The 1960’s was of course the time of the great espionage films – the Cold War was good for that if nothing else - not only the Bond flicks but also the Flint movies with James Coburn, the Harry Palmer series with Michael Caine, the Quiller films with George Segal, anything based on John LaCarre novels and of course the classic Modesty Blaise! But Asia-Pol seems most influenced by an American TV series, The Man from U.N.C.L.E. in which a secret police organization has been created by the United Nations to combat global crime. Their secret headquarters is through a back door in a New York City laundry. This film uses that particular device and others in an effort to jumpstart this film but it falls surprisingly short of being fun.
All the necessary elements seem to be in place – sleek cars and sleeker women, two big stars, jet setting travel, great location shooting, exploding golf balls and shoot outs – but it never really revels in any of this and is rather plodding in its way too talkie execution. Shoot me, but Lo Wei would have done a better job with this material. Instead the Shaw’s turned across the waters in a co-operative venture with Nikkatsu – using one of their directors (who was to do much better work in 1971 with The Lady Professional), a writer and one of Japan’s biggest action stars, Jo Shishido of the chipmunk cheeks. So in a sense this is more Nikkatsu than Shaw but it lacks the ferocity that Nikkatsu brought to their action films and one can only guess that the Shaws wanted a watered down version of a Nikkatsu film with one of their rising stars topping it.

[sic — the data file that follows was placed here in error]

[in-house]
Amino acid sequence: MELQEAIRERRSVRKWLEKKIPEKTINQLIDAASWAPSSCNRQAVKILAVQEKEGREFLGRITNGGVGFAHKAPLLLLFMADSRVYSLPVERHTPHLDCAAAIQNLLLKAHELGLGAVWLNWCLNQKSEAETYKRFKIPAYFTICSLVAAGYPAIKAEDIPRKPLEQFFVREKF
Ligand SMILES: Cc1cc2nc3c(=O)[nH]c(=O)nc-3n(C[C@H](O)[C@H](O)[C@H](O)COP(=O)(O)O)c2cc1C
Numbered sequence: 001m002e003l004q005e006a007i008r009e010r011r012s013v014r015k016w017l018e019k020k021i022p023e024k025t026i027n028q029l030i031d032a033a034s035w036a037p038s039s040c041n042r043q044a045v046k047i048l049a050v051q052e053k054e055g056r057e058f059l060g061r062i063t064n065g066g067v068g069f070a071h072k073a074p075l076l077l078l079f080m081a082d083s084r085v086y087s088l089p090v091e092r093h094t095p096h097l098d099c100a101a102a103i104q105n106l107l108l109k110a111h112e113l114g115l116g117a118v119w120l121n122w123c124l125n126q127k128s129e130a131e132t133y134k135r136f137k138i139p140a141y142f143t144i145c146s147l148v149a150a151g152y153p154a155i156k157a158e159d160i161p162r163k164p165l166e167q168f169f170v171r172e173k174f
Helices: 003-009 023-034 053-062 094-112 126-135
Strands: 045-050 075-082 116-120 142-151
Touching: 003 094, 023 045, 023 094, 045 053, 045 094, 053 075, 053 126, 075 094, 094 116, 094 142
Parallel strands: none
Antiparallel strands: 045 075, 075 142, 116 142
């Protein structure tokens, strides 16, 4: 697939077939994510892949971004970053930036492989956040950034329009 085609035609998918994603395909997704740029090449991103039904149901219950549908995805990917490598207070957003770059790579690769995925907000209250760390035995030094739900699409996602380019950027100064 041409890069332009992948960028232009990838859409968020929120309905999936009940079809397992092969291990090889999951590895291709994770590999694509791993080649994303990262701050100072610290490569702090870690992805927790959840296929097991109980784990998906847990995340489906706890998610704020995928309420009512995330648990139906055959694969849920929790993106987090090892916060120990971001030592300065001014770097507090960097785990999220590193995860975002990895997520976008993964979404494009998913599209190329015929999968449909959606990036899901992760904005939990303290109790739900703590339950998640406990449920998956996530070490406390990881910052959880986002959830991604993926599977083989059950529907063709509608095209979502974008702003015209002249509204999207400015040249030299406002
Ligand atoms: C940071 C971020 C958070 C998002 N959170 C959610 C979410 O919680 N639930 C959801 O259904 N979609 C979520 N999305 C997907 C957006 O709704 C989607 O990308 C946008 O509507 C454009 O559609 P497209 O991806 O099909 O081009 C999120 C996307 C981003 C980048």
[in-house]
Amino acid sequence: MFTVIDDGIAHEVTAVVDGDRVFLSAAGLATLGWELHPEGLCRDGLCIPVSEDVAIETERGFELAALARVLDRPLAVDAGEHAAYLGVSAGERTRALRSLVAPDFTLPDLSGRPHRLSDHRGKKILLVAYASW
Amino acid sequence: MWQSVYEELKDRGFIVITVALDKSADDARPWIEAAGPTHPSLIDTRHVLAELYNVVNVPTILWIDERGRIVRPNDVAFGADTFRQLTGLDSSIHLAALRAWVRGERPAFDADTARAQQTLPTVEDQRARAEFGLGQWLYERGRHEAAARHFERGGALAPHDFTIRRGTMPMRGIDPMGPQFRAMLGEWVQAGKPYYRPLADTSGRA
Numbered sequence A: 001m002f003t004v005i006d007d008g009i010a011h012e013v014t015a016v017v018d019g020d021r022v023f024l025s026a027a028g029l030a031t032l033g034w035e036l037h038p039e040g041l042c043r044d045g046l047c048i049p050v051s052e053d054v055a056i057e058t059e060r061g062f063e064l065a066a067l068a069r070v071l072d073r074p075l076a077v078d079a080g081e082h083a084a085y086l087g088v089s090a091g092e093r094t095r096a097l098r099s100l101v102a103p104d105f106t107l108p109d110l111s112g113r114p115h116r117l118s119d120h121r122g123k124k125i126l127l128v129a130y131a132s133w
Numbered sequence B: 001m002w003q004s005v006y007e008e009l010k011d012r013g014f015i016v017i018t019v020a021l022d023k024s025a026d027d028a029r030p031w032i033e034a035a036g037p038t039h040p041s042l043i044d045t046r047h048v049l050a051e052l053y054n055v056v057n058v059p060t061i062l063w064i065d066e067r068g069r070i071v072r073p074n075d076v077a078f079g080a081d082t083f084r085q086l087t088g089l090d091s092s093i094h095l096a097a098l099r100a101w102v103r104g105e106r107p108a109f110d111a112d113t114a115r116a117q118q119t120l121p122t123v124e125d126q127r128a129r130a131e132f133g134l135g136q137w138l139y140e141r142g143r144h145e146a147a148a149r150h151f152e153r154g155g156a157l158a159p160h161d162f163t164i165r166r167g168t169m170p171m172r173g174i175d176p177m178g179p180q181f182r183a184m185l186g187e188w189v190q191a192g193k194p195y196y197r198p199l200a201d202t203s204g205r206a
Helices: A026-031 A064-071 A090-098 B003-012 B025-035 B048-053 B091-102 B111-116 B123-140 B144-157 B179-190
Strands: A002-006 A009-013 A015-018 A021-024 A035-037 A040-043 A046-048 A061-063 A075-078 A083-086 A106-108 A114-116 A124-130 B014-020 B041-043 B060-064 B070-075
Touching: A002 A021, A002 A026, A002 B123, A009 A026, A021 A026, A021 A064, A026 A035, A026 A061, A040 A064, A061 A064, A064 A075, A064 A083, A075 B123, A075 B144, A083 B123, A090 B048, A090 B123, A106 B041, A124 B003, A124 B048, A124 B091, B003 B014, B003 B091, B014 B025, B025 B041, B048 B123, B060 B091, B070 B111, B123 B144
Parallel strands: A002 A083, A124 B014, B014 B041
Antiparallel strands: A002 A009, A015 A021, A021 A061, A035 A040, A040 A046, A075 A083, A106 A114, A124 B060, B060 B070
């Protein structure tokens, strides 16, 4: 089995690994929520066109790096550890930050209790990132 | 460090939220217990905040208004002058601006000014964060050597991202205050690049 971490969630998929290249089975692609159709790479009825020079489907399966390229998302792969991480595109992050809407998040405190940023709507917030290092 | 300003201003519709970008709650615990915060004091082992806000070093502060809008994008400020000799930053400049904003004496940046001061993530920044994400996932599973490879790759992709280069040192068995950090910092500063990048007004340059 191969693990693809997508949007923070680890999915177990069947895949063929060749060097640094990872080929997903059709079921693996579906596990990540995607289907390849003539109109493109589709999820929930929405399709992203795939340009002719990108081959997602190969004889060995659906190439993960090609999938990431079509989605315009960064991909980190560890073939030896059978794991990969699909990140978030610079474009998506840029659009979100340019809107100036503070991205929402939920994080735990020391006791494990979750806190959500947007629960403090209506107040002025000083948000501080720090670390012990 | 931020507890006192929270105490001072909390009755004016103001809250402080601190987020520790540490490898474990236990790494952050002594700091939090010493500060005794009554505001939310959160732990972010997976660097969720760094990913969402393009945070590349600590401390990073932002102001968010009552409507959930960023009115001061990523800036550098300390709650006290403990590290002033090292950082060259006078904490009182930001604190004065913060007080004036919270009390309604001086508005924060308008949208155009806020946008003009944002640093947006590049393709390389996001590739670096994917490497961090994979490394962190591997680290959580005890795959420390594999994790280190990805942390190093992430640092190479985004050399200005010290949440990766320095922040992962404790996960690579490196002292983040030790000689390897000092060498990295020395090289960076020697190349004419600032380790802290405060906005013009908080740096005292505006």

Jimmy Wang Yu plays Yang Ming Xuan, born to Chinese parents in Hong Kong but ending up as an orphan in Japan. He is a topnotch agent in a pan-Asian police organization and he and his partner are investigating large amounts of gold being smuggled into Japan that could destabilize the economy. Everything leads to the always smirking George (Shishido) who is in charge of the Japan branch of an equally secret criminal organization called ADV. The advantage keeps going back and forth between Yang and George as they one up each other. Unfortunately for George he suffers from that disease so many screen villains seem to catch – he prefers gloating to simply killing Yang every time he has a chance. Bad for him. Good for Yang. It appears that Yang’s long lost Chinese father may be the head of ADV and so he goes to Hong Kong and later Macao to prove the charge false – ah the good old days of Pan Am and no airport security. In Hong Kong he meets up with a sister (the ever so demure Fang Ying) he didn’t know he had who is also trying to prove her father’s innocence.
From a 2009 perspective the location shooting is the best thing about the film as Yang drives all over Hong Kong (and a bit in Macau) in a city that is barely recognizable today.